Ah free trade…
Anyone who knows any economic theory understands that free trade has a lot of pros AND cons.
In theory, the main advantage of free trade is that it promotes the creation of wealth. This is certainly true; in fact, free trade has been spectacularly successful in creating wealth.
I know economics theory and understand that free trade has a lot of pros. What about the cons?
If both countries have the same industry, free trade tends to promote the “more efficient” industry in one country and destroy the “less efficient” industry in the other country. If I remember correctly, this was recognised when NAFTA was being negotiated, and the politicians promised to compensate people in the industries that NAFTA destroyed. This promise was not kept, and the fact that the free trade usually destroys industries is never mentioned these days.
Free trade means that countries have the industries that reflect their comparative advantage. That means that in a country, it's industries may move to other types. This is not "destruction of industries" in a way that needs to be compensated.
Since it also makes the global economy more competitive, it also helps to weed out inefficient companies.
One of the problems with free trade is that countries will take extreme measures to protect the industries that free trade would normally destroy.
Will they? Do they take more extreme measures than they do anyway? Why do you blame free trade for making government decision making worse? Blame government stupidity for government stupidity, not free trade.
People in this thread have been talking about the softwood lumber dispute between the US and Canada, so this may be a good example. If (and this is disputed) Canadian lumber companies have a natural advantage because Canada has a plentiful supply of lumber compared to the US, one would expect that free trade would promote Canadian lumber companies at the expense of US companies. In this case, the dispute was never settled. The US decided to tariff Canadian lumber and to close all discussion.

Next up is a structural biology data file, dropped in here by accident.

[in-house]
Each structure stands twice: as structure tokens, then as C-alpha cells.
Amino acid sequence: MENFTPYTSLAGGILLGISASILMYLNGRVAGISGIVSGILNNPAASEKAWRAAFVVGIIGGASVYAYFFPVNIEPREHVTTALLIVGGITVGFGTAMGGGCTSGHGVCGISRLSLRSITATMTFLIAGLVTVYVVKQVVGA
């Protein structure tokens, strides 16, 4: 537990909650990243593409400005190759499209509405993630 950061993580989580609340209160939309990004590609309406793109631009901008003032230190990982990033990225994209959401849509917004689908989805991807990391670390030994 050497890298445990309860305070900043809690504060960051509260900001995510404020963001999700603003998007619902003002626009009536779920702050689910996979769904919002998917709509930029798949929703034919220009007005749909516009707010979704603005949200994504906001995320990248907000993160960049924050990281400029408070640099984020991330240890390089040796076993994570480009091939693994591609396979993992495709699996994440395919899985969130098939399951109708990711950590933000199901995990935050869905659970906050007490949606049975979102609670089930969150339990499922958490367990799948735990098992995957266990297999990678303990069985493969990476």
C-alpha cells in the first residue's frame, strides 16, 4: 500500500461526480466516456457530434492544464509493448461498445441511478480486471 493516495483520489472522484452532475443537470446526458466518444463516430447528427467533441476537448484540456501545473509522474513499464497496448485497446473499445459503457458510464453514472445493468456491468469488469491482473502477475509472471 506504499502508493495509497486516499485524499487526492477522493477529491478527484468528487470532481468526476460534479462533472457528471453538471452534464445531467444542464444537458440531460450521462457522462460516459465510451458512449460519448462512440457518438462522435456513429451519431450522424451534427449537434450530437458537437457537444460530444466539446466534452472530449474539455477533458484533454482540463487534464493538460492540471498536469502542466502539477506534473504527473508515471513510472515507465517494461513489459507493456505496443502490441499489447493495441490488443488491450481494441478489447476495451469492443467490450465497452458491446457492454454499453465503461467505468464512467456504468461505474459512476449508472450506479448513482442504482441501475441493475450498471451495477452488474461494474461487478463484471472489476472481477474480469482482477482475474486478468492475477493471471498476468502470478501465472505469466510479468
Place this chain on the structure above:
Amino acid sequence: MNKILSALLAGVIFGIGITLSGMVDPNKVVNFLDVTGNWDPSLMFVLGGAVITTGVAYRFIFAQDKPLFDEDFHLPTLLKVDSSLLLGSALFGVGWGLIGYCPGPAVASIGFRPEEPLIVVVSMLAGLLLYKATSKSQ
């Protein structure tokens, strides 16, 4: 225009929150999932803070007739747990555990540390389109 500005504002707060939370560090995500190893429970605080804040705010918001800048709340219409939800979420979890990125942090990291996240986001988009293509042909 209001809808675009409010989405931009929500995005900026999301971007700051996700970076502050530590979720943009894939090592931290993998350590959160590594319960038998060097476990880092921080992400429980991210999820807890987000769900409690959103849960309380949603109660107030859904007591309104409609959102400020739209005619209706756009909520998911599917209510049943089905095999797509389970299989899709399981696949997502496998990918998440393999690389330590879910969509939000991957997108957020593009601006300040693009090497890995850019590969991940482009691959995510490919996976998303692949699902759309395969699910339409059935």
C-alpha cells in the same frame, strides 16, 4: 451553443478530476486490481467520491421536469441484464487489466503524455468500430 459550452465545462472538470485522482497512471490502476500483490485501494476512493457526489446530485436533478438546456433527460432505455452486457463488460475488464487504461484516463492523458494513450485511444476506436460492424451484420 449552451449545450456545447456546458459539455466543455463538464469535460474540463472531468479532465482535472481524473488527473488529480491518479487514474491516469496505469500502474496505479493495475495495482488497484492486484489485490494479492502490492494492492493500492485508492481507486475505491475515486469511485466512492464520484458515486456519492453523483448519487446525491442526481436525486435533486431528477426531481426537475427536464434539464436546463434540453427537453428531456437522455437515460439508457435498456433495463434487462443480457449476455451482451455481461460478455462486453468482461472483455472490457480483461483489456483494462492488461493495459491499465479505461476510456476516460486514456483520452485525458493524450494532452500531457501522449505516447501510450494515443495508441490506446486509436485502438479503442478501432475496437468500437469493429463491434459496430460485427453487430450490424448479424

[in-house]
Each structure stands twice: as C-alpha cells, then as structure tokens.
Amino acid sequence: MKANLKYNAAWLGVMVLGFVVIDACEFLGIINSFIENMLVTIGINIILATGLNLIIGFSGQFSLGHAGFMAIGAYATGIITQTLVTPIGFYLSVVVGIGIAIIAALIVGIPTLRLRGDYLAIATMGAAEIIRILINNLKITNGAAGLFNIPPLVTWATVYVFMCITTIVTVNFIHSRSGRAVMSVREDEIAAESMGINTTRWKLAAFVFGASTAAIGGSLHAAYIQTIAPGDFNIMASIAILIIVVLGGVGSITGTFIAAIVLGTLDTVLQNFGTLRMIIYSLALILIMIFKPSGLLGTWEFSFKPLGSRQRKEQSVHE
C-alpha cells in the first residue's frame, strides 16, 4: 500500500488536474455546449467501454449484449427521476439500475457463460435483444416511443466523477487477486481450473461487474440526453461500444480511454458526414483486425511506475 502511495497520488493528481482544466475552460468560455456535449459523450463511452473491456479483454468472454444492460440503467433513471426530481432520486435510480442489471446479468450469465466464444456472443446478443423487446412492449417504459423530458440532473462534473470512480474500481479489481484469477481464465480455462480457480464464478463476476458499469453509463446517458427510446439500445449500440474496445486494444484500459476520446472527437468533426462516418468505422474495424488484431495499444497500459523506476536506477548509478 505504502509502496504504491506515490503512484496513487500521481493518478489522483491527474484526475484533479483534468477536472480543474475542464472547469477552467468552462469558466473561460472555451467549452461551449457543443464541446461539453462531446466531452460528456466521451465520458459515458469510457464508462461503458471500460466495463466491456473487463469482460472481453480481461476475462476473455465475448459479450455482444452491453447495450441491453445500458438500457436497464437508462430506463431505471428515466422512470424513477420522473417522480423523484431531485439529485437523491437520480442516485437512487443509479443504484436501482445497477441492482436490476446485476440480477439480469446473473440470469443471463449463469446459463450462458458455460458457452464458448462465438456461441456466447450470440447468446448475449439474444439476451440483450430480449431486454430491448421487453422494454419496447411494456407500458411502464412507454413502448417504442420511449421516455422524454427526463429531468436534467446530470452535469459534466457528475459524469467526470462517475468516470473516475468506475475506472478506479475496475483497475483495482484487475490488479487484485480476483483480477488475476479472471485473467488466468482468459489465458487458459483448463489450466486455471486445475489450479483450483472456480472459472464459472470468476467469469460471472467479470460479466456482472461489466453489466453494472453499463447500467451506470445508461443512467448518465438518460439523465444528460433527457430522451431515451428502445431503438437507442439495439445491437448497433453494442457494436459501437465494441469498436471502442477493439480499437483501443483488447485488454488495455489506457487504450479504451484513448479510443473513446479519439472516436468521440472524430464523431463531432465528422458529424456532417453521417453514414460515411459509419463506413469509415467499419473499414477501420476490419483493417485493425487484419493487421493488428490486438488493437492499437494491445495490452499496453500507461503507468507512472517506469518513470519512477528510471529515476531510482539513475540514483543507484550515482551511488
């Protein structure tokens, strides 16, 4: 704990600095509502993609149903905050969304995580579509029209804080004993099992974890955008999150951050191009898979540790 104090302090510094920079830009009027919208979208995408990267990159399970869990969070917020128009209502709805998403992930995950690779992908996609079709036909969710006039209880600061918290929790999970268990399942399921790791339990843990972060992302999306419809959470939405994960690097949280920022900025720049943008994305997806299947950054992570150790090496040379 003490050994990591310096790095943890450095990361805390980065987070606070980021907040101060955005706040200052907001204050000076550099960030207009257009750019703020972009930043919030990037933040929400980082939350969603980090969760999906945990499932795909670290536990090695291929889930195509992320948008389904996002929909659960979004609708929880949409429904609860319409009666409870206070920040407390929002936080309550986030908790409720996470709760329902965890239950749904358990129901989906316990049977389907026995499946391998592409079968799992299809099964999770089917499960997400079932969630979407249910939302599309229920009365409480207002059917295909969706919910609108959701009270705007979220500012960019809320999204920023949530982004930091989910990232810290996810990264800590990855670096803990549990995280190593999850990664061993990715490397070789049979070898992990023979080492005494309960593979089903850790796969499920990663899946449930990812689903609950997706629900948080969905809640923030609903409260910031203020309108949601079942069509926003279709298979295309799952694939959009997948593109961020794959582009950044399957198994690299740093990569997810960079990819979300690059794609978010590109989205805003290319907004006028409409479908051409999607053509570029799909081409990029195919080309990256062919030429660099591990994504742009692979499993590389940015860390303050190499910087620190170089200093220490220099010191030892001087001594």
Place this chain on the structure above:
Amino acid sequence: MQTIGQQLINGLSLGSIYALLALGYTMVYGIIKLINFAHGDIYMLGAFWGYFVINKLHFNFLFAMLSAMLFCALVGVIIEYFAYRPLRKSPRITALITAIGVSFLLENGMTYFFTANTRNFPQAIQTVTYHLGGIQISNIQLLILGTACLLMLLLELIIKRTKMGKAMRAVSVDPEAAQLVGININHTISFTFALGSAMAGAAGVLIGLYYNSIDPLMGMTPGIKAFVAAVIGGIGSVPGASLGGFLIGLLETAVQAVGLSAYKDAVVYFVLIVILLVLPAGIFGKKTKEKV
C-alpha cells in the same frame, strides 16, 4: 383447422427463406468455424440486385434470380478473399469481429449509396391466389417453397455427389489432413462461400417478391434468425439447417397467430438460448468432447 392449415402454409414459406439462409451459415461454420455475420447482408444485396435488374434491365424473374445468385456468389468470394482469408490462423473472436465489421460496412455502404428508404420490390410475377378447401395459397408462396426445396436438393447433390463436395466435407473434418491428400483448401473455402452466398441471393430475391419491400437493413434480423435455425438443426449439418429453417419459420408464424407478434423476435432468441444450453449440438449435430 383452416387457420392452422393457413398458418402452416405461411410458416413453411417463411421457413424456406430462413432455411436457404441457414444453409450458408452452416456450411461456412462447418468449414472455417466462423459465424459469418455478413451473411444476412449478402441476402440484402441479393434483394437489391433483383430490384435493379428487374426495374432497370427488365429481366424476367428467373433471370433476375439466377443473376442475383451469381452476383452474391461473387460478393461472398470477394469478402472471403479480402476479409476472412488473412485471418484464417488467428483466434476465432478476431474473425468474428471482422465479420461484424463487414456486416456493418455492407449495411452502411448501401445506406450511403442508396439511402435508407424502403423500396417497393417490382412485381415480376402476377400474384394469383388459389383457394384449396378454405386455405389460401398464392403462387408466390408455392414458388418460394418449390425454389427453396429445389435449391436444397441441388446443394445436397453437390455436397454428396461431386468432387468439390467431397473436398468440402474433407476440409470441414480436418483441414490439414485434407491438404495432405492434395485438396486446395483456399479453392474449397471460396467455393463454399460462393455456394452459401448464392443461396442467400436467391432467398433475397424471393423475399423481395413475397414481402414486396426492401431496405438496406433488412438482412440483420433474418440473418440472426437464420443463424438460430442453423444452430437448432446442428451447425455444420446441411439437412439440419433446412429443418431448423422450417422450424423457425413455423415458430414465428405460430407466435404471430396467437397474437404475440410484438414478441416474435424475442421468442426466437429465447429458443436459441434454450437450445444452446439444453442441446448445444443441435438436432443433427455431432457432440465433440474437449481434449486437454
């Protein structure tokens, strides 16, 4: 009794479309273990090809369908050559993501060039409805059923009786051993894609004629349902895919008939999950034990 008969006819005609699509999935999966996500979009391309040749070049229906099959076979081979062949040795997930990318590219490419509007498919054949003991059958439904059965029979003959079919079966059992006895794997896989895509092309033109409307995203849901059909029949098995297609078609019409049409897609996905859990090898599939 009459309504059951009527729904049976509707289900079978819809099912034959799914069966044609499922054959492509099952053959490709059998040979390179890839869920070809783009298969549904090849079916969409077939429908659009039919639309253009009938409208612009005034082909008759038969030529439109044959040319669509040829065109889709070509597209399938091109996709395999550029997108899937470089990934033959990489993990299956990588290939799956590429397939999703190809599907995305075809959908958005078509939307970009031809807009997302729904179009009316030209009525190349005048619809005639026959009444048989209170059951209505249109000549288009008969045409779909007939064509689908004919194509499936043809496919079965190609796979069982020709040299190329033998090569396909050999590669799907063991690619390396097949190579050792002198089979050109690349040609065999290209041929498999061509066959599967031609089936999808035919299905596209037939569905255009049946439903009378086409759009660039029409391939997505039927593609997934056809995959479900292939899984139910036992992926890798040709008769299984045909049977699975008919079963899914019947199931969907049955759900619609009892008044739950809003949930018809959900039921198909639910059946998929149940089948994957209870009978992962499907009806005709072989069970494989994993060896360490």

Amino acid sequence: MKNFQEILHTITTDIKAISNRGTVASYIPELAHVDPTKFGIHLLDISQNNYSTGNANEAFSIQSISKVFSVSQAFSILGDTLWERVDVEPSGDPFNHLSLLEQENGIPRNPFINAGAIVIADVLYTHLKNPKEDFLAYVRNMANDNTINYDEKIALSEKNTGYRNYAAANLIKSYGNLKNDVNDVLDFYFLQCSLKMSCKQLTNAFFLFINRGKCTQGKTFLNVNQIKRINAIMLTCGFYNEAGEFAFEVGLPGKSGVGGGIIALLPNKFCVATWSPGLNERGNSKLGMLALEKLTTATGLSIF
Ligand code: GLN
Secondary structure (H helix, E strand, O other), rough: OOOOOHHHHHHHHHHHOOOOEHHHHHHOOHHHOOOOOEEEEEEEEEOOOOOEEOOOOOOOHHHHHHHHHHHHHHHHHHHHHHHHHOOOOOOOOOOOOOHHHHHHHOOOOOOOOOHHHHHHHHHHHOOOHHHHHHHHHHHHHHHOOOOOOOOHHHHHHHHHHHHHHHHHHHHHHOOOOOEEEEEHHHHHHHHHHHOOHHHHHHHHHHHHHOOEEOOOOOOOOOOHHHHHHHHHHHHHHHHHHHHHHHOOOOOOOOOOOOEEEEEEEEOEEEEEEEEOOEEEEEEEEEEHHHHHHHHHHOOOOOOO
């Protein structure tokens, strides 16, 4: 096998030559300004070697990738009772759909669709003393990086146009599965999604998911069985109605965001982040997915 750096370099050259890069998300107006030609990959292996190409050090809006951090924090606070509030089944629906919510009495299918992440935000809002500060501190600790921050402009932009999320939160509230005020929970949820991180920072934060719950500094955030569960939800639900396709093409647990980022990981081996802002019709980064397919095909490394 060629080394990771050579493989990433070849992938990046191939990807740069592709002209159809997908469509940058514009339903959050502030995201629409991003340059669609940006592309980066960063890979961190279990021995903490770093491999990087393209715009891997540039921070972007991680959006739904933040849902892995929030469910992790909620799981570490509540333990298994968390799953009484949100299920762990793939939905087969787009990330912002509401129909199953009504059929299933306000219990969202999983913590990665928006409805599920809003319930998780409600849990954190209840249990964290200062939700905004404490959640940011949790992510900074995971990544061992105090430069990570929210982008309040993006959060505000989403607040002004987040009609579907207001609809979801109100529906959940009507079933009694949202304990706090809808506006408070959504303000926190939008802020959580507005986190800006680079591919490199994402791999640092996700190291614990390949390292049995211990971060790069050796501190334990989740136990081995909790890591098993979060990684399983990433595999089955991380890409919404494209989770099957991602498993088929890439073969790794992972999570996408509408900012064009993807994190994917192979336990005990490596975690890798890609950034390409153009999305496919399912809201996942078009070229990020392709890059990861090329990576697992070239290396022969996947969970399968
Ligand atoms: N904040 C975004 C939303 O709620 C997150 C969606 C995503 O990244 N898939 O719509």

This is a problem of lack of free trade.
An example of the difficulty of settling trade disputes is hog farms. The US claimed that Canadian hog farmers were subsidised. It was true that the Canadian hog farmers were getting direct subsidies, but the US hog farmers were getting subsidised food for their hogs. The US took this to the NAFTA dispute process. They went through ALL levels of this process and finally ignored the result.
It's difficult to settle free trade disputes; that doesn't mean free trade isn't good.
In my opinion, while free trade has mostly been a success, only a small part of the population is getting the benefits of free trade, while a much larger part of the population is affected by the down side of free trade.
What is the down side of free trade?